How to think about makers and takers

Here is my latest NYT column, on how we ought to be thinking about the issue of makers vs. takers.  Excerpt:

EVERYONE FEELS ENTITLED People tend to think that they have justice on their side, whether it comes to making or taking.

For example, millions of homeowners have spent hundreds of thousands of dollars on the premise that the tax deduction for mortgages will be continued. If they support a continuation of that deduction they hardly feel like brigands, even though a bipartisan consensus of economists doubts the efficiency of this tax break.

As years and decades pass, recipients of this deduction and other benefits start to see them as deeply and richly deserved. Furthermore, almost all of us reap one or more of these benefits, so few individuals are consistently opposed to all government transfers.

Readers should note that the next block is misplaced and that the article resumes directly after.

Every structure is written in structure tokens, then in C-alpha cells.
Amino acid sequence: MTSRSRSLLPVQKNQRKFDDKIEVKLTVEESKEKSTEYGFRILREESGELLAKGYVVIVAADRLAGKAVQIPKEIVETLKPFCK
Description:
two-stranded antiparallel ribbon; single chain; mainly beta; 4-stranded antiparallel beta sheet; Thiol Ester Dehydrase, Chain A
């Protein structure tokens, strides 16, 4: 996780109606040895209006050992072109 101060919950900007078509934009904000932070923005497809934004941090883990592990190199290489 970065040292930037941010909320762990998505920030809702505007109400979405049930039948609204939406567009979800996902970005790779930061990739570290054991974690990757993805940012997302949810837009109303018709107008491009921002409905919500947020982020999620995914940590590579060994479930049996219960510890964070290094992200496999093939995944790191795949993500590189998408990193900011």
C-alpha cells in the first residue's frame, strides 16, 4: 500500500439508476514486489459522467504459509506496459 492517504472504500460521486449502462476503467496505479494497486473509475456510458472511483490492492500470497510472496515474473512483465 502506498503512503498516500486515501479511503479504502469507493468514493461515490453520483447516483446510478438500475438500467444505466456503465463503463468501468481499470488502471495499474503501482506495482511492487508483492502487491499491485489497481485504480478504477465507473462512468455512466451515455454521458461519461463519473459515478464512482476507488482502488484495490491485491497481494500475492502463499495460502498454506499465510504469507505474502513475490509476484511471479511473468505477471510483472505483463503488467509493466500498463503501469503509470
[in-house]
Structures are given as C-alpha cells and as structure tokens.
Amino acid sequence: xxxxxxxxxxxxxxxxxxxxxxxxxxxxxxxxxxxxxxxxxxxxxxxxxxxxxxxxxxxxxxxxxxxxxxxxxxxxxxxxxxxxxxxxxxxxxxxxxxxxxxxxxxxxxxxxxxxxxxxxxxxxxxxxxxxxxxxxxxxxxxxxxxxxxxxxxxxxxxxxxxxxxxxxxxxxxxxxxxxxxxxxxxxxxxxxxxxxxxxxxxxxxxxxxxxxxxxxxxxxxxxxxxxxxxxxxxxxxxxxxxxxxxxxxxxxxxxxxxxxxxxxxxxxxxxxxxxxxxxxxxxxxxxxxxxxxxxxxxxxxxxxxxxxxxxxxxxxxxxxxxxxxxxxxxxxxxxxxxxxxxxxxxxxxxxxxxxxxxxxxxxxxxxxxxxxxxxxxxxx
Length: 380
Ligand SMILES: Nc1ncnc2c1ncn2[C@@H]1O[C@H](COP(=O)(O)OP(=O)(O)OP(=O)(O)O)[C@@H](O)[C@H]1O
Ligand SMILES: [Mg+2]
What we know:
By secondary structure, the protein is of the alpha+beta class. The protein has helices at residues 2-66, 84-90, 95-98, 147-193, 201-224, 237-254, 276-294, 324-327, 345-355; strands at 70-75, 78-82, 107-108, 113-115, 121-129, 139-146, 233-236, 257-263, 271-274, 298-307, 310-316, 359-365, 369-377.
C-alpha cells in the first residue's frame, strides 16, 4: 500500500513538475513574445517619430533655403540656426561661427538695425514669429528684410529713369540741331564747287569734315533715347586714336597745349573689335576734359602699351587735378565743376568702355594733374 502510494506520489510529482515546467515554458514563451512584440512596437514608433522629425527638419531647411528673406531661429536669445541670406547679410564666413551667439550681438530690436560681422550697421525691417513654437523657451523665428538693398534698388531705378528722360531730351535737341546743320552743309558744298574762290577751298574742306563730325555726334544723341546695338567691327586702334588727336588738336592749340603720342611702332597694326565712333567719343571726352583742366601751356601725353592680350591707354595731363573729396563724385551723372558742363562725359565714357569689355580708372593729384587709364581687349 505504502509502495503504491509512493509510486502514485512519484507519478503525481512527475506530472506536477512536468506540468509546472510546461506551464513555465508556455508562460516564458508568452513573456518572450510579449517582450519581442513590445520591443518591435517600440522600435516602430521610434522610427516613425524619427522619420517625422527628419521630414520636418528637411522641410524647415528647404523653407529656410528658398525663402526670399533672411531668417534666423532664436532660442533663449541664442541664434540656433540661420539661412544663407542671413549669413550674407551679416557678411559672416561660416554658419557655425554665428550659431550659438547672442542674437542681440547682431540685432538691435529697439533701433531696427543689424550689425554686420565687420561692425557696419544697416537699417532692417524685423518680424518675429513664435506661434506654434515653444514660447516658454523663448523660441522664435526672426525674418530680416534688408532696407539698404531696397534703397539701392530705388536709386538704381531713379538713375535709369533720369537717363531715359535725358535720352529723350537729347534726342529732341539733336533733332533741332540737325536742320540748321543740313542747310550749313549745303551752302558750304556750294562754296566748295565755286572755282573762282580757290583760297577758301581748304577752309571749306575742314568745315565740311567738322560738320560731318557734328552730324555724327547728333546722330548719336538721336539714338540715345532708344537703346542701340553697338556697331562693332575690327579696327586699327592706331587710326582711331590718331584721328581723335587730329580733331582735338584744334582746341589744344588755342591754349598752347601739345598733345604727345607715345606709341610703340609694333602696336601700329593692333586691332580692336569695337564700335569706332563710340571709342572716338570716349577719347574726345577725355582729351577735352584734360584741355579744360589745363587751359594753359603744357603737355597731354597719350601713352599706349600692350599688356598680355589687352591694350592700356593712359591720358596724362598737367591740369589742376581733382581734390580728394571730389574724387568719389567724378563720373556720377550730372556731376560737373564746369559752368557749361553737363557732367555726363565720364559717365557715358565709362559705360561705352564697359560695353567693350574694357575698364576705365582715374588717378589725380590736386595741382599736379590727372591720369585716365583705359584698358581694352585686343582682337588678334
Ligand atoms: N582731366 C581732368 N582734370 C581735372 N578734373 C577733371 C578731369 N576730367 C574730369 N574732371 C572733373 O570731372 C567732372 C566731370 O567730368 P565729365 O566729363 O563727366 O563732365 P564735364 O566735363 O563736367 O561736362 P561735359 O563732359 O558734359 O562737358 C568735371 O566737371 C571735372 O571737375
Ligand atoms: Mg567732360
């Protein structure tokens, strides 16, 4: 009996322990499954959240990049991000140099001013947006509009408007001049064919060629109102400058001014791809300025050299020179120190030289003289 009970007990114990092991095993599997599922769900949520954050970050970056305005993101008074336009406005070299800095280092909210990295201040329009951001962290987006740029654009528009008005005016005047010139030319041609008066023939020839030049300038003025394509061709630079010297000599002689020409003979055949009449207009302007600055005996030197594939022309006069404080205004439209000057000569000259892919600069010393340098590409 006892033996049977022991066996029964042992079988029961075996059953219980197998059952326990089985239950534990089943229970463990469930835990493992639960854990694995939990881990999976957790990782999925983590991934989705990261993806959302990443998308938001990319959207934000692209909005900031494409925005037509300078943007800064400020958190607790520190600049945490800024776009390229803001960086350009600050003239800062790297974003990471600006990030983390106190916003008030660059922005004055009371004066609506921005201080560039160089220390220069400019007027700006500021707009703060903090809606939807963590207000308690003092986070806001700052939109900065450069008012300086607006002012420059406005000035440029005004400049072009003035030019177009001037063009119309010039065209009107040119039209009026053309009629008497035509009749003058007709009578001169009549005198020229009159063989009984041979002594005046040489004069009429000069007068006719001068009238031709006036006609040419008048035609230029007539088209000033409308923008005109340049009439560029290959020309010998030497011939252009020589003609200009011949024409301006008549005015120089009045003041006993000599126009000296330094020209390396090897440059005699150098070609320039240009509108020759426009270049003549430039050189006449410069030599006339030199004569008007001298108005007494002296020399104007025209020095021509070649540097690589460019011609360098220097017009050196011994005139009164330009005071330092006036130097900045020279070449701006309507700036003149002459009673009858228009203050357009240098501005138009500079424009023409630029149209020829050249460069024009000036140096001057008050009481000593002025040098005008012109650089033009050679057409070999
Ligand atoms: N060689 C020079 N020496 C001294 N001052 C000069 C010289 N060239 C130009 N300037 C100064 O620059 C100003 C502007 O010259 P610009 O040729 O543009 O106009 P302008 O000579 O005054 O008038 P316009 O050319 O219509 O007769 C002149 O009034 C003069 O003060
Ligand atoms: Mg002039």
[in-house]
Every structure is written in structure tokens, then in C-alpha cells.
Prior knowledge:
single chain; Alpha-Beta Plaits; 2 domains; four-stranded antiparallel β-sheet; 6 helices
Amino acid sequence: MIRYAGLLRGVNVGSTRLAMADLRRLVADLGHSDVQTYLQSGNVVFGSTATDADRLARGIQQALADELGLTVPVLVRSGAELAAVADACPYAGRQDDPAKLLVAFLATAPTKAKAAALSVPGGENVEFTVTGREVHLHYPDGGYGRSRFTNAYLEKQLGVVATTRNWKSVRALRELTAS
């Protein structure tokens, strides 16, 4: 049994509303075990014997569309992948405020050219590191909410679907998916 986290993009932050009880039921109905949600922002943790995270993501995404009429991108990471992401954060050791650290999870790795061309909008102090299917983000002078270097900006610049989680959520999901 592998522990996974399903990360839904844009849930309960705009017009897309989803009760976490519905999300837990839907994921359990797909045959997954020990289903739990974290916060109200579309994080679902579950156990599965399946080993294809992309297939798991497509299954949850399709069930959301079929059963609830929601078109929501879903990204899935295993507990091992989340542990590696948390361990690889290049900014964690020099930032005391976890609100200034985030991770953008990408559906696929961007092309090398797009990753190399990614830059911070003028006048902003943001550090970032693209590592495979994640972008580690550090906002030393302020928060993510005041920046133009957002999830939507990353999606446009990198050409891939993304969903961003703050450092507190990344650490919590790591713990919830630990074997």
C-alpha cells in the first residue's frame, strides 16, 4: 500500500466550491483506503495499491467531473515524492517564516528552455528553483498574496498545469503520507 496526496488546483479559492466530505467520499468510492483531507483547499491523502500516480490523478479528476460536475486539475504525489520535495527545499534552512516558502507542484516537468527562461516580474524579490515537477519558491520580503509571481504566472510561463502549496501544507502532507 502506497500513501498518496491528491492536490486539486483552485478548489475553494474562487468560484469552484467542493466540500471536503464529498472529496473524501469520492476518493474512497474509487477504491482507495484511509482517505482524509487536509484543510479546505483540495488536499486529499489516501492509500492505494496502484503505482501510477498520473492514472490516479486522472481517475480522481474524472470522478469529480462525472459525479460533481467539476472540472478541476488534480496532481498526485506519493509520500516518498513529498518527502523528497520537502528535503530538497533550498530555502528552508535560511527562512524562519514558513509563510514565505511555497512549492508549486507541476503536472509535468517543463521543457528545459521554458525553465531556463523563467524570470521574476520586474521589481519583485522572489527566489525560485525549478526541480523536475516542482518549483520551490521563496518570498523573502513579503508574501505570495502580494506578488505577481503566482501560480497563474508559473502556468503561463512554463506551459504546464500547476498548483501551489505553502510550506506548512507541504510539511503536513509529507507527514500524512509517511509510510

It becomes difficult for a politician to articulate exactly what is wrong with this arrangement when the audience itself is in on the game and perhaps does not want to hear about its own takings.

Mark Thoma comments.

You also should read the new (short) book out by Nicholas Eberstadt, A Nation of Takers: America’s Entitlement Epidemic, which came to my attention quite recently.


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